Michigan had been gaining ground nationally as a bass fishing destination in recent years—witness last year’s coronation of Lake St. Clair as the best bass lake in the country by Bassmaster magazine—but it’s a fact that the state boasts plenty of world-class bass fisheries that are still very much under the radar.
Need an example? Saginaw Bay.
Already well-known as one of the best walleye fisheries in the world, Saginaw Bay’s bass fishery is equally grand, perhaps even better.
“As far as quality goes, you can’t beat Saginaw Bay,” said Greg Sochocki, a local baker and bass angler who fishes around the state a good bit. “It’s not on the map and that’s fine by me. It’s an amazing fishery and it’s almost virgin water—it’s so easy to catch a five-pounder out there it’s almost unbelievable. That fishery just continues expanding, too; it keeps getting better all the time.”
Sochocki uses his own experience to illustrate; in his first tournament this year, Sochocki brought in a five-fish bag weighing in excess of 26 pounds. He finished fourth.
The truth is, Saginaw Bay’s bass fishery is no secret to Michigan bass fishermen. I know Lake St. Clair guides that occasionally make the trek upstate to the Bay just for grins. Would they travel that far if it wasn’t an outstanding fishery? In a word, no.
I caught up with Sochocki and his buddy Jaime Ayala recently for half day of bass fishing on the million-acre pond. Sochocki piloted his big Ranger some 10 miles off the western shore, lowered the trolling motor, and started fishing.
It took a little while to find some fish but once we did, they were all dandies. We never caught a fish that would have come close to needing a measuring board (i.e. 14 inches) and we had plenty in that four- to five-pound range.
“There are a series of reefs out here and if they’re not on one, just go to the next one,” Sochocki said. “You’ve just got to find the one that the food’s on that day.”
We fished in anywhere from six to 10 feet of water, throwing soft plastics (tubes, Flukes, and finesse worms on drop-shot rigs) at the boulders up on the reefs. The fish were hanging by the big rocks and were willing to bite if you could get the bait near them.
It’s was a windy, alternately sunny and overcast day. When the sun was up, it was fairly easy to spot the rocks. When it was overcast, however, Sochocki brought out a 3/4-ounce Rat-L-Trap and just started covering water to find fish (and he found more and better fish with the Rat-L-Trap than you might have guessed he would).
The difference between Saginaw Bay and Lake St. Clair, Sochocki said, is that at the better-known bass lake, there are fish just about everywhere. At Saginaw Bay, you have to find them. But when you do? Cha-ching.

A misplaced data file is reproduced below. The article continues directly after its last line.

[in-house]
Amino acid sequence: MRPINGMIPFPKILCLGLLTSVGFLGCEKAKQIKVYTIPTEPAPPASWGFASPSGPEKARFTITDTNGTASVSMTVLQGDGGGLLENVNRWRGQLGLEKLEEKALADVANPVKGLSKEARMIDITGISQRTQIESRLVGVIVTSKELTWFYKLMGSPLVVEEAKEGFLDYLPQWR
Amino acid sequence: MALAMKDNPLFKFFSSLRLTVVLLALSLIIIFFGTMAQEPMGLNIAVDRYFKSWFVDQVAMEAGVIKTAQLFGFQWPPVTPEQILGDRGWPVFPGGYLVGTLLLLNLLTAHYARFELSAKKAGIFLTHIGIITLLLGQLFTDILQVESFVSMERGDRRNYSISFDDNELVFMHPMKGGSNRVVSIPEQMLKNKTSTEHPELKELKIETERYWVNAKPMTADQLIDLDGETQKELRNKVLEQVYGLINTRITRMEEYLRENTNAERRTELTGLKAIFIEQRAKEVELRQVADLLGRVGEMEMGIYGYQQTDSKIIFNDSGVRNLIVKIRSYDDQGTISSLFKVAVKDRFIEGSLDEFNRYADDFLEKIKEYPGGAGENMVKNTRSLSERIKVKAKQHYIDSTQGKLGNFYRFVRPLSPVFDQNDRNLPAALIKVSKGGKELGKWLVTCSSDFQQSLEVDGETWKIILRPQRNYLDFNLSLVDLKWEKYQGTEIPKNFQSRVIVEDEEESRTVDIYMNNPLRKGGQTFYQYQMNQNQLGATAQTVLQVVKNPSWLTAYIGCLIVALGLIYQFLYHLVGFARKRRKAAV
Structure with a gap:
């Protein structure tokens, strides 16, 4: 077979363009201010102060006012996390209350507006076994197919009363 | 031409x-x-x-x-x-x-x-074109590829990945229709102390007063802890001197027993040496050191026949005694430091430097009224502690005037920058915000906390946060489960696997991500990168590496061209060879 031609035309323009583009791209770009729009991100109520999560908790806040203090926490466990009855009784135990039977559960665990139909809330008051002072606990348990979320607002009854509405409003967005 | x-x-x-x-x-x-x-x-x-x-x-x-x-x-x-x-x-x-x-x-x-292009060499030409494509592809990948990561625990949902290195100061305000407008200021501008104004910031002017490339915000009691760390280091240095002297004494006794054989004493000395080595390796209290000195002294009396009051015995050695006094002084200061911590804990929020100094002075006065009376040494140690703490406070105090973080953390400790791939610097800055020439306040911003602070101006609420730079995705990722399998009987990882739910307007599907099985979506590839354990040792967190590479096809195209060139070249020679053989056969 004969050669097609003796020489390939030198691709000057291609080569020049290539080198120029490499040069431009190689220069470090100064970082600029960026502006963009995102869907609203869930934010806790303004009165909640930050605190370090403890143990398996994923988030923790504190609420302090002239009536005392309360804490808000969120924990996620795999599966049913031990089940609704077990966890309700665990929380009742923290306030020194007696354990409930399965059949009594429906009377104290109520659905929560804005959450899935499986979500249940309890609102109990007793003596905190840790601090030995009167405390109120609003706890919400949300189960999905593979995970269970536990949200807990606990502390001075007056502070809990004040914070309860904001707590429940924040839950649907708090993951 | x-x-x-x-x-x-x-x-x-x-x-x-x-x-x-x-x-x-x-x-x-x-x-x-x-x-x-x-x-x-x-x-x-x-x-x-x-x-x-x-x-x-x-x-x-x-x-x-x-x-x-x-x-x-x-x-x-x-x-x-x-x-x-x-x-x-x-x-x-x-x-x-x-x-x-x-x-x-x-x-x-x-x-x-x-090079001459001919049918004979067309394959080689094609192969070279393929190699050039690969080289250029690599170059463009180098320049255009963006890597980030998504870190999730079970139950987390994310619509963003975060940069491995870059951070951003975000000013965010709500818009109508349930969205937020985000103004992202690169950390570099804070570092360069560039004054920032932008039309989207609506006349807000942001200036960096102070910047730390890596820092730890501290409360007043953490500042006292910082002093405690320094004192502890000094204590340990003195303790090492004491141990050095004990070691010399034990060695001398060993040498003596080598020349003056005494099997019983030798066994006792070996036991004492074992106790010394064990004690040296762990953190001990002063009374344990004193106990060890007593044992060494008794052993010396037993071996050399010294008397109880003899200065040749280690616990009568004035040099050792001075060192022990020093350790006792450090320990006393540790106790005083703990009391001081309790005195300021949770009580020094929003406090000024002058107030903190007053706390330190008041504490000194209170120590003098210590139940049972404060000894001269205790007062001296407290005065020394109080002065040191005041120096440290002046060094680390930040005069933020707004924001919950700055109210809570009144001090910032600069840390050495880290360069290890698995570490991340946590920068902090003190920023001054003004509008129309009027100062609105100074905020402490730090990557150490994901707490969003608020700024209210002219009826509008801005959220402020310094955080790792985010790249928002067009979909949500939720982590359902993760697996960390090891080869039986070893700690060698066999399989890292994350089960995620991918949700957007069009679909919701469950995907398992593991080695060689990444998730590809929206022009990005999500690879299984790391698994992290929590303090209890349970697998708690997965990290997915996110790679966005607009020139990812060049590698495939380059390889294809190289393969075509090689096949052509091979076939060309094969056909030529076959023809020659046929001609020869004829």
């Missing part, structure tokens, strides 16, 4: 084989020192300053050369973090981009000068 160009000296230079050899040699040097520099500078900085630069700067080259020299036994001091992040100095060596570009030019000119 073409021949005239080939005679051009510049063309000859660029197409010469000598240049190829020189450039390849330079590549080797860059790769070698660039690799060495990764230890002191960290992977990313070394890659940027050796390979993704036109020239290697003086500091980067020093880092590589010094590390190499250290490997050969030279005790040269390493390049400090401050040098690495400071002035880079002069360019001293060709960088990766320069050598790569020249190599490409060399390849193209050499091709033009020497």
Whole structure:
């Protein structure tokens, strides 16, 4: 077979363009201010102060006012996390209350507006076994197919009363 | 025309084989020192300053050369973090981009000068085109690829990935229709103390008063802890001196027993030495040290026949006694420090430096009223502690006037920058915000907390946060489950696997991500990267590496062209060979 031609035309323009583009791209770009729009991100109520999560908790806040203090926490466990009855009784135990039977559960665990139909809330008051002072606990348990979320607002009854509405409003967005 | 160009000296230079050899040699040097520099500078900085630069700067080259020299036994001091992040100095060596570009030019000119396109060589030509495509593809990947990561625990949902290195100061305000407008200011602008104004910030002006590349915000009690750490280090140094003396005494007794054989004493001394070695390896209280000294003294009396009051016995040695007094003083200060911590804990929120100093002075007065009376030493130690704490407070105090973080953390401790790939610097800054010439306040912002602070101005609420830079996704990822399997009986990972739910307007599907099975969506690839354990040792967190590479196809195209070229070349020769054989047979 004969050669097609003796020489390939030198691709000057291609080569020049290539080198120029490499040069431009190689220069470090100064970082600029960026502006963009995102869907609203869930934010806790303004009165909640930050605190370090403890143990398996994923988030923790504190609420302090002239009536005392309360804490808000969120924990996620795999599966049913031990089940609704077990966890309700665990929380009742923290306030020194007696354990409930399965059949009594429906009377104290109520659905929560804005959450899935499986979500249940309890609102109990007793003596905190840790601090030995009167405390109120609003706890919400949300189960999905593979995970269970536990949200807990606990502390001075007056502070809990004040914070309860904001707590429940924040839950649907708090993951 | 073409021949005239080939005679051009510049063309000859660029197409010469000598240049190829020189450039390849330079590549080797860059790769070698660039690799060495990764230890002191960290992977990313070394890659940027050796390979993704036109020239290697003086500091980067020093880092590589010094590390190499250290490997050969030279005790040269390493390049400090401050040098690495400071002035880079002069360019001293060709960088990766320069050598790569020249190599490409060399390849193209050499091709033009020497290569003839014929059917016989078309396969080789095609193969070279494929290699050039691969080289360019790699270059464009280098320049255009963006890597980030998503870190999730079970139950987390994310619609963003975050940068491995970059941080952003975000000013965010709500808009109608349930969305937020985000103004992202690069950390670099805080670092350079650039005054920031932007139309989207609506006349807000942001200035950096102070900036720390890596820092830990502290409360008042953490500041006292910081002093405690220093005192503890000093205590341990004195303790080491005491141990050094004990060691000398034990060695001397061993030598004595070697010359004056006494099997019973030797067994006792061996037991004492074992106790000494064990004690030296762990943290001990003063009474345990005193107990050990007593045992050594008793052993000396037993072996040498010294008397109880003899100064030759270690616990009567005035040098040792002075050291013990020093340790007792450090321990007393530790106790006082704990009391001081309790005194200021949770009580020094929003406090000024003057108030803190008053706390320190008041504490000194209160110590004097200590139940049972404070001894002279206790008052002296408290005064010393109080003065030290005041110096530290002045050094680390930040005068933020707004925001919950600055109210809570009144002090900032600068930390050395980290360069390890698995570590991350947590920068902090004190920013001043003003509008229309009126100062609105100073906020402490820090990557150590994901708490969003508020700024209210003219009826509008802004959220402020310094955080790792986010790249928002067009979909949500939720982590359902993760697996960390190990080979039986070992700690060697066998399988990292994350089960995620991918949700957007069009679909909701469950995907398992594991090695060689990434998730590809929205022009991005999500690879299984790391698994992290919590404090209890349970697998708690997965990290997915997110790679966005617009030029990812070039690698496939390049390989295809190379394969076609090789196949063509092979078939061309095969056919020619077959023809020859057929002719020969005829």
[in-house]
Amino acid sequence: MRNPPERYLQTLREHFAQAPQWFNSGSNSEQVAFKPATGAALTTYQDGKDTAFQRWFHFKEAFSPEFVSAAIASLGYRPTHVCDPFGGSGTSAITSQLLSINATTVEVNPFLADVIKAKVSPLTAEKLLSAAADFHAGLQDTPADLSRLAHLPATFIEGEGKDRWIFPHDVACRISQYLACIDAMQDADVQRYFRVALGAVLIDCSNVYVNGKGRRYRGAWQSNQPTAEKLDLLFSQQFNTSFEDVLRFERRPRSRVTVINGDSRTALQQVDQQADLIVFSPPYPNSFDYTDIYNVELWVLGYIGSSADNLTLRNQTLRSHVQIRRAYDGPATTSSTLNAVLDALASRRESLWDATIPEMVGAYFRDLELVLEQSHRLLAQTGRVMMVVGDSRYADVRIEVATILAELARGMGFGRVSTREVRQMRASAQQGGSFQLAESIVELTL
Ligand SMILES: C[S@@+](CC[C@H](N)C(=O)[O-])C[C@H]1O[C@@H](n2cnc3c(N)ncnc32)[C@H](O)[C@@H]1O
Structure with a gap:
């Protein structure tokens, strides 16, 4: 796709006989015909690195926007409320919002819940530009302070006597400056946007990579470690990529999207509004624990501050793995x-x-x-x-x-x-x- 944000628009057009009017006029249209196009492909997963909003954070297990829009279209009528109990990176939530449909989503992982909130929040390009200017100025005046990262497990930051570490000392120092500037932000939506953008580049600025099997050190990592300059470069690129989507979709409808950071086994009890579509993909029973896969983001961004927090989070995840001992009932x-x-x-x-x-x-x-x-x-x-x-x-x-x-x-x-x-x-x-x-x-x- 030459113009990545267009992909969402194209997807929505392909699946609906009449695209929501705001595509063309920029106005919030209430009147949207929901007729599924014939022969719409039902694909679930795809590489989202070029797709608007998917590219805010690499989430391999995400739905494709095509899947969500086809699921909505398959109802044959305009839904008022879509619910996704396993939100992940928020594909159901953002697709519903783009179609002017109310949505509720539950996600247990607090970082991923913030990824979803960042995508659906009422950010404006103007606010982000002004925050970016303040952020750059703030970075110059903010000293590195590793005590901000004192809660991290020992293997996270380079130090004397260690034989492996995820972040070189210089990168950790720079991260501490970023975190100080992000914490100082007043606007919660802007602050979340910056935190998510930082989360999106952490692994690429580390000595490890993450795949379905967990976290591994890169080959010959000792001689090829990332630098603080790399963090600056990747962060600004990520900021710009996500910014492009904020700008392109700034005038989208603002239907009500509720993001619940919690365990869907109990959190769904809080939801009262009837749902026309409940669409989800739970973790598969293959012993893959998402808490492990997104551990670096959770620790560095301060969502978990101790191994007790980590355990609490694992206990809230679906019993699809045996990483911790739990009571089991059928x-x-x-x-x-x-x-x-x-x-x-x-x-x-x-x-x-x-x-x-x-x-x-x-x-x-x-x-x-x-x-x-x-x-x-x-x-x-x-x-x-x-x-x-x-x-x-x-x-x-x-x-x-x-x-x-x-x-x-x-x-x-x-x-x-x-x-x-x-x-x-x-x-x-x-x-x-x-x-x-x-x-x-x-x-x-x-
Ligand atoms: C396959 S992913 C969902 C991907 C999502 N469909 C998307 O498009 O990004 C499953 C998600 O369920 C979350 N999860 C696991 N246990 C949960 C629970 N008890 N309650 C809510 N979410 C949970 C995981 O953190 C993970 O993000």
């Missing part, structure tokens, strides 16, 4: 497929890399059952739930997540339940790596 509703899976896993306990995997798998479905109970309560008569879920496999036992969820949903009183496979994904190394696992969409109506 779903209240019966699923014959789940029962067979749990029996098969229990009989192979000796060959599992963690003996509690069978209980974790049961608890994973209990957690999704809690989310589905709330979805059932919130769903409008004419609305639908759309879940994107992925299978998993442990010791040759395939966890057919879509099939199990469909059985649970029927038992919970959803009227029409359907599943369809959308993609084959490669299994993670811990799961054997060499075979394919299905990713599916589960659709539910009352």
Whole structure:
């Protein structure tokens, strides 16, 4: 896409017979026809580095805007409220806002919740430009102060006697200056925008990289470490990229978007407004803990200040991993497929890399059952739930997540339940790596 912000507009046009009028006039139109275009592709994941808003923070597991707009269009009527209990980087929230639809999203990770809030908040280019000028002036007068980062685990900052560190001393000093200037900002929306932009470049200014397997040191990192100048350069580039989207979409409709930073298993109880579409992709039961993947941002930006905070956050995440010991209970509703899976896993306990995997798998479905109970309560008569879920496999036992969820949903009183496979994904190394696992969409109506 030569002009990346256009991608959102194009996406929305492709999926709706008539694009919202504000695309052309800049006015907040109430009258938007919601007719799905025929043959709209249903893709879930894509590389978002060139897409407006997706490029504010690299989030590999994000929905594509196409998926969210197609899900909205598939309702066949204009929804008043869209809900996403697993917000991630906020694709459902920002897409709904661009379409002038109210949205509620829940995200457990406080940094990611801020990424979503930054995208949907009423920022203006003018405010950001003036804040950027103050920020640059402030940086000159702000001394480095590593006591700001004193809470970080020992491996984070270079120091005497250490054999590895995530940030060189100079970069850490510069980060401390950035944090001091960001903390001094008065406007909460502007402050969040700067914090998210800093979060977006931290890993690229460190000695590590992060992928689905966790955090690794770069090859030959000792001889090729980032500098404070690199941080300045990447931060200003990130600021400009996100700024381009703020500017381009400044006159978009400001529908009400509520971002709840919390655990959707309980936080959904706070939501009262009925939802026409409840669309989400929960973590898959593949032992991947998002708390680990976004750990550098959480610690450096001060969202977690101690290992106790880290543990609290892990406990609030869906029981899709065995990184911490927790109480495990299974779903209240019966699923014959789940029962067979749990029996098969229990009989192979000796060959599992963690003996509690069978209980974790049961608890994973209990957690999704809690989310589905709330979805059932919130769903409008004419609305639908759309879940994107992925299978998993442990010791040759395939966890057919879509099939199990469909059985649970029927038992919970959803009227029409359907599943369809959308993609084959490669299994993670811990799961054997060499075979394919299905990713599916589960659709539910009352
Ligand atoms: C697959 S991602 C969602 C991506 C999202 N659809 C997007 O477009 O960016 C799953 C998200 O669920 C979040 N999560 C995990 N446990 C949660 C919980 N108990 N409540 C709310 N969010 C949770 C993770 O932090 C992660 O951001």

“There are just a ton of giants on Saginaw Bay right now,” Sochocki said. “And it’s not just in the spring, it’s year-round. You have to do a little homework to find them, but they’re out there and you can catch them all summer long, all the way into November.
“And it’s not just the outer bay,” he continued. “There are plenty of places you can catch them in-shore. You’ve got to find some structure, some weeds or rock piles, but when you do…”
The most amazing part? We saw only one other bass boat out where we were fishing—granted you wouldn’t have wanted to go out there in a 16-foot aluminum—despite the outstanding action (on a Sunday!). We had it all to ourselves.
The wind got up, there was a significant drop in temperature and there was no mistaking what the wall of dark clouds heading our way meant. When Sochocki pronounced: “Let’s get out of here,” neither Ayala nor I objected.
“The thing about the Bay is it’s so big and it’s open to Lake Huron you’ve really got to watch it,” Sochocki said. “You can sink your boat out here – that’s been proven in the bass tournaments.”
Our run to shore saved us from getting a soaking, but the wind never quit and fishing was tough with waves breaking over the bow. We hung out on a shallow rock bar for a half hour or so, then called it a day, though Sochocki noted that we might have been able to catch more smallmouths and even some largemouths in the Au Gres River if we were so inclined. But after catching a passel of eye-popping smallmouths out on the reefs, it seemed almost anticlimactic to beat the banks.
As we left the Bay, Sochocki and I reminisced about how, 25 years ago, we’d spend a whole day throwing spinnerbaits in the shallow bays and be rewarded with big numbers of largemouths. Those fish are still there, he said. But nobody bothers with them because the smallmouth fishing these days is just that much better.
This article was produced in partnership with Pure Michigan.
Images by Bob Gwizdz